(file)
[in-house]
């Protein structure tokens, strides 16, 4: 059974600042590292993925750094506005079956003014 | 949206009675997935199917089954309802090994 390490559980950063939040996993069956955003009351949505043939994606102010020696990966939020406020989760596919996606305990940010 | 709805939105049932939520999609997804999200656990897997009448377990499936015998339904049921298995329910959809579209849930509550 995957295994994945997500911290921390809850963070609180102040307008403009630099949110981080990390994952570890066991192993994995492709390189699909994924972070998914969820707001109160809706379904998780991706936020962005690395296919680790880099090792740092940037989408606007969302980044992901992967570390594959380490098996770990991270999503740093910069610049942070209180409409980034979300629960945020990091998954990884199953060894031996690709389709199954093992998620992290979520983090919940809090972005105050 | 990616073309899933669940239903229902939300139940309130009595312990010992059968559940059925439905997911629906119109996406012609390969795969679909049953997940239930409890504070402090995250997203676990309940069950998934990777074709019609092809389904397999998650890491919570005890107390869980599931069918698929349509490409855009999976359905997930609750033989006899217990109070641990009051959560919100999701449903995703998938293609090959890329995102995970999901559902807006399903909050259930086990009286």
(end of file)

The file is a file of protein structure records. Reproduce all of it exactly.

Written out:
[in-house]
């Protein structure tokens, strides 16, 4: 059974600042590292993925750094506005079956003014 | 949206009675997935199917089954309802090994 390490559980950063939040996993069956955003009351949505043939994606102010020696990966939020406020989760596919996606305990940010 | 709805939105049932939520999609997804999200656990897997009448377990499936015998339904049921298995329910959809579209849930509550 995957295994994945997500911290921390809850963070609180102040307008403009630099949110981080990390994952570890066991192993994995492709390189699909994924972070998914969820707001109160809706379904998780991706936020962005690395296919680790880099090792740092940037989408606007969302980044992901992967570390594959380490098996770990991270999503740093910069610049942070209180409409980034979300629960945020990091998954990884199953060894031996690709389709199954093992998620992290979520983090919940809090972005105050 | 990616073309899933669940239903229902939300139940309130009595312990010992059968559940059925439905997911629906119109996406012609390969795969679909049953997940239930409890504070402090995250997203676990309940069950998934990777074709019609092809389904397999998650890491919570005890107390869980599931069918698929349509490409855009999976359905997930609750033989006899217990109070641990009051959560919100999701449903995703998938293609090959890329995102995970999901559902807006399903909050259930086990009286």